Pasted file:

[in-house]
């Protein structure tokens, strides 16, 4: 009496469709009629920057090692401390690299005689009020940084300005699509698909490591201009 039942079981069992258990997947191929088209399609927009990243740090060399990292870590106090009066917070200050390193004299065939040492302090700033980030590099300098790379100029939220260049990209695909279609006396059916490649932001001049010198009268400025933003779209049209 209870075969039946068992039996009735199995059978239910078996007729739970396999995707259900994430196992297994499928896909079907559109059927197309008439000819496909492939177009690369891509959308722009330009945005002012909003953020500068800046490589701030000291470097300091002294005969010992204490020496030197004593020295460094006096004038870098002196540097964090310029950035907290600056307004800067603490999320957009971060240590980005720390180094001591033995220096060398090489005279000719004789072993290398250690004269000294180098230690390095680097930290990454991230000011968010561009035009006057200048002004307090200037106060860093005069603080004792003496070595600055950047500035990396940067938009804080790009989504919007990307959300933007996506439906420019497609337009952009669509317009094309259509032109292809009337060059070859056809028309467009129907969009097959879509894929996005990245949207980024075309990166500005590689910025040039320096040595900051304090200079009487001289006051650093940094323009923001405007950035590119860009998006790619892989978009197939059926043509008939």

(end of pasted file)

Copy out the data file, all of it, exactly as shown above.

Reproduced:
[in-house]
């Protein structure tokens, strides 16, 4: 009496469709009629920057090692401390690299005689009020940084300005699509698909490591201009 039942079981069992258990997947191929088209399609927009990243740090060399990292870590106090009066917070200050390193004299065939040492302090700033980030590099300098790379100029939220260049990209695909279609006396059916490649932001001049010198009268400025933003779209049209 209870075969039946068992039996009735199995059978239910078996007729739970396999995707259900994430196992297994499928896909079907559109059927197309008439000819496909492939177009690369891509959308722009330009945005002012909003953020500068800046490589701030000291470097300091002294005969010992204490020496030197004593020295460094006096004038870098002196540097964090310029950035907290600056307004800067603490999320957009971060240590980005720390180094001591033995220096060398090489005279000719004789072993290398250690004269000294180098230690390095680097930290990454991230000011968010561009035009006057200048002004307090200037106060860093005069603080004792003496070595600055950047500035990396940067938009804080790009989504919007990307959300933007996506439906420019497609337009952009669509317009094309259509032109292809009337060059070859056809028309467009129907969009097959879509894929996005990245949207980024075309990166500005590689910025040039320096040595900051304090200079009487001289006051650093940094323009923001405007950035590119860009998006790619892989978009197939059926043509008939």